• Network segmentation was lacking. In a large network you do not want any intruder to have full run of the whole network. This is also what happened to Sony when the North Koreans got into its network. The way you do this properly is to segment your network so that systems that truly need to interact are on a network segment that does not easily communicate with other segments. At the very least, you need to have password protection with separate passwords for each segment. Even better would be to incorporate multi-factor authentication. Both were missing at Maersk.
  • Backup problems existed here as well. A good rule is the 3-2-1 rule. You want 3 different copies of the backup, in at least 2 different media, and at least 1 offsite. And of course the offsite one needs to be off the network completely. The reason is that any malware that gets on your network will attack any system connected to the network. For example, ransomware will look for any attached backup system and encrypt all of that data as well. In the case of Maersk, they had made all of their domain controllers connect to each other so that they would always be in sync, which is good enough as long as you keep in mind the other copies, which they did not have. Maersk got lucky here, since one server out of the approximately 150 , in Ghana, somehow escaped destruction. They were able to fly the hard drive back their IT headquarters to rebuild the network. And how had the Ghana server survived? Dumb luck. A power failure in Ghana had knocked it offline, and it was disconnected from the rest of the network while NotPetya was busy destroying everything.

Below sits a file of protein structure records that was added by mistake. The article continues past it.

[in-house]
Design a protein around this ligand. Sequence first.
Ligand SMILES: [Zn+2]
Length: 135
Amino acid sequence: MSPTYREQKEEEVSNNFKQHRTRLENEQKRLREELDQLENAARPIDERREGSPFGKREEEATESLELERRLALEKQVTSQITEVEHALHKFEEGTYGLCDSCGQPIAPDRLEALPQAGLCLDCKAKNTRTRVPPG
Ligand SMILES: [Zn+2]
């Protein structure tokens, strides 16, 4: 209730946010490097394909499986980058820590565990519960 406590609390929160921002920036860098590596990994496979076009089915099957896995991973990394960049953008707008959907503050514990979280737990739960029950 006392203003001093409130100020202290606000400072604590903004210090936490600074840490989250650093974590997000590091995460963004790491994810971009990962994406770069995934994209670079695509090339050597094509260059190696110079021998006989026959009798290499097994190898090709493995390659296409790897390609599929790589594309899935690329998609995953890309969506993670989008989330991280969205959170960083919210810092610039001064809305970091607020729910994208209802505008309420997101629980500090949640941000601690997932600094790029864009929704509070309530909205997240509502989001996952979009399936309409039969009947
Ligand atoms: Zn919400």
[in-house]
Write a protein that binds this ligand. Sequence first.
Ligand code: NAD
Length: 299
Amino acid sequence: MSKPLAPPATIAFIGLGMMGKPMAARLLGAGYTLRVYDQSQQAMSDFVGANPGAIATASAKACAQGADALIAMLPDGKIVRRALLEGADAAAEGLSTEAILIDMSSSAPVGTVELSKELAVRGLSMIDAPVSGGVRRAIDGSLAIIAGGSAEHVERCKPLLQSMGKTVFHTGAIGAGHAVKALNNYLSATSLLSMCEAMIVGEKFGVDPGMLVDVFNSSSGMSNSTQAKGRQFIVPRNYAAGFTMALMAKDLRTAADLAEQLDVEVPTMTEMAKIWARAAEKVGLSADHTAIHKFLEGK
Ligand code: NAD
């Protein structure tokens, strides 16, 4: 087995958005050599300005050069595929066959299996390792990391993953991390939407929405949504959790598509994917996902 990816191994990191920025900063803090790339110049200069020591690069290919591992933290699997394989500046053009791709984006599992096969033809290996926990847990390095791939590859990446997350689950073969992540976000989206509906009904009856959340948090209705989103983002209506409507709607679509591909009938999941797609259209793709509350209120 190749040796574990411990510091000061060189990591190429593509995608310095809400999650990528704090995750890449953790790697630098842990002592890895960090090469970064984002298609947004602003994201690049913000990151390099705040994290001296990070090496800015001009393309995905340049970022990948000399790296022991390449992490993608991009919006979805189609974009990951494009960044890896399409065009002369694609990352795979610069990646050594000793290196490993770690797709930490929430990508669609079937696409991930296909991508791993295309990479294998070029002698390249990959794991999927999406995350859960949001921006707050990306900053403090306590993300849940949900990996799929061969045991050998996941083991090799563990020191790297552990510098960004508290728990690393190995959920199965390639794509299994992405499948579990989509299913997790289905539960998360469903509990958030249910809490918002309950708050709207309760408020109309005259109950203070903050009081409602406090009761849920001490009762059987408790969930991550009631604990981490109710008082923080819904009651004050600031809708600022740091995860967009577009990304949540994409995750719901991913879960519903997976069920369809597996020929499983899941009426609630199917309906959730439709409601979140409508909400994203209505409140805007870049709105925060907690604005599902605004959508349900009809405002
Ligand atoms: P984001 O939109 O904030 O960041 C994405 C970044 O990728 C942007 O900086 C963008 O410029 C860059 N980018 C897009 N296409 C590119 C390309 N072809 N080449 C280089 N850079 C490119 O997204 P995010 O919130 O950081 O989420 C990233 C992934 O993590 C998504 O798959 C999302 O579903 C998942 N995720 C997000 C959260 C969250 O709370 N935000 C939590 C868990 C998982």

• Lack of urgency: the IT department was well aware of the potential problems, and had communicated their concerns to management. And they obtained general agreement that these problems should be addressed. But addressing these problems was never part of what is termed a “key performance indicator” for anyone in management, including IT management. This is an ongoing problem in many organizations since IT is often seen as only a cost, and not as a competitive advantage. And yet for Maersk literally their entire business relied on excellent IT implementation.

Well, there was a television advertisement some years ago in the U.S. for an auto maintenance service with the punchline “You can pay me now, or you can pay me later.” Maersk did suddenly make those IT improvements a top priority, but only after a large loss and and disruption to their business relationships. This is a hard way to learn the lesson. And maybe the biggest lesson is that executives have to be held responsible for this stuff. As the NIST Framework says, “There is a formal, organization-wide approach to managing cybersecurity risk, and senior management monitors this just as they monitor financial risks and other organizational risks. ”